2,792. "Those Were Your Exact Words"
Hilchos Nedarim 8:8
When a person makes a vow or an oath, we interpret what motivated it and infer his intention from that; it is his intention that matters rather than his exact words. For example, let’s say that someone was carrying a load of wool or linen, making him sweat and stink. If he takes an oath or a vow never to have wool or linen on him again, he may still wear garments of wool or linen and use blankets of these materials; he is only prohibited to carry them on his back in the manner of a load. However, if he was wearing wool garments that bothered him and he made an oath or a vow never to have wool on him again, then he may not wear wool but he may carry it as a load and cover himself with blankets of wool since he only meant to prohibit garments of wool. The same applies in all such cases.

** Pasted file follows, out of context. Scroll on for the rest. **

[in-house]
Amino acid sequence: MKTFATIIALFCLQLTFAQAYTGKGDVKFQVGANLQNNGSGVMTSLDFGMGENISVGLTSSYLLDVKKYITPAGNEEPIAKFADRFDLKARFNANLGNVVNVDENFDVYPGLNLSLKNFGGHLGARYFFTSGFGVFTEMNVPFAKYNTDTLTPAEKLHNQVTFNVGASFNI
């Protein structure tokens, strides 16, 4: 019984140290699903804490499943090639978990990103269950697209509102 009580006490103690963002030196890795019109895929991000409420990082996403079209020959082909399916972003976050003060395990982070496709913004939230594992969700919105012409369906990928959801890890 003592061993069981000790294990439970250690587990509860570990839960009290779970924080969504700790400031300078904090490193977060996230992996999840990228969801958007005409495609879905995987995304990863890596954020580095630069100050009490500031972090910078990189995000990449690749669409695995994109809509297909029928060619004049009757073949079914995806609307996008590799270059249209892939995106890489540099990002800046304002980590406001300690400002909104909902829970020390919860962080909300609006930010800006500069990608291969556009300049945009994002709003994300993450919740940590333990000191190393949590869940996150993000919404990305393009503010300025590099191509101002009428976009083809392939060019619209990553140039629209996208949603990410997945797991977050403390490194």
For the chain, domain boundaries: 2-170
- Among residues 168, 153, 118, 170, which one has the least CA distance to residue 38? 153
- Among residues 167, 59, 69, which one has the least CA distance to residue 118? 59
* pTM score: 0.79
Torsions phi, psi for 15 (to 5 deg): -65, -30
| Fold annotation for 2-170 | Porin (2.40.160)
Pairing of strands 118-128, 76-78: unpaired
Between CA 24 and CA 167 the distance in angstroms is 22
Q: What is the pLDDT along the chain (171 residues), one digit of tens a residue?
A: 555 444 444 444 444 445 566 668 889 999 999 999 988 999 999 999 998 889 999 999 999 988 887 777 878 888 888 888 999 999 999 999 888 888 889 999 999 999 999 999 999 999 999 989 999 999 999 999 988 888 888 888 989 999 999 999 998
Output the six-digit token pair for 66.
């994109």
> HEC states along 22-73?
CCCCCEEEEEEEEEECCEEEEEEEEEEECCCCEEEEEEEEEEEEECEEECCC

Hilchos Nedarim 8:9
Similar to the previous halacha, let’s say that someone is being pressured to marry a member of his extended family. He refuses and they persist, so he takes a vow or an oath that the intended bride can never benefit from him. Or let’s say that someone divorced his wife and took an oath that she could never benefit from him. These women may derive benefit from him because his intention is only to keep from marrying them.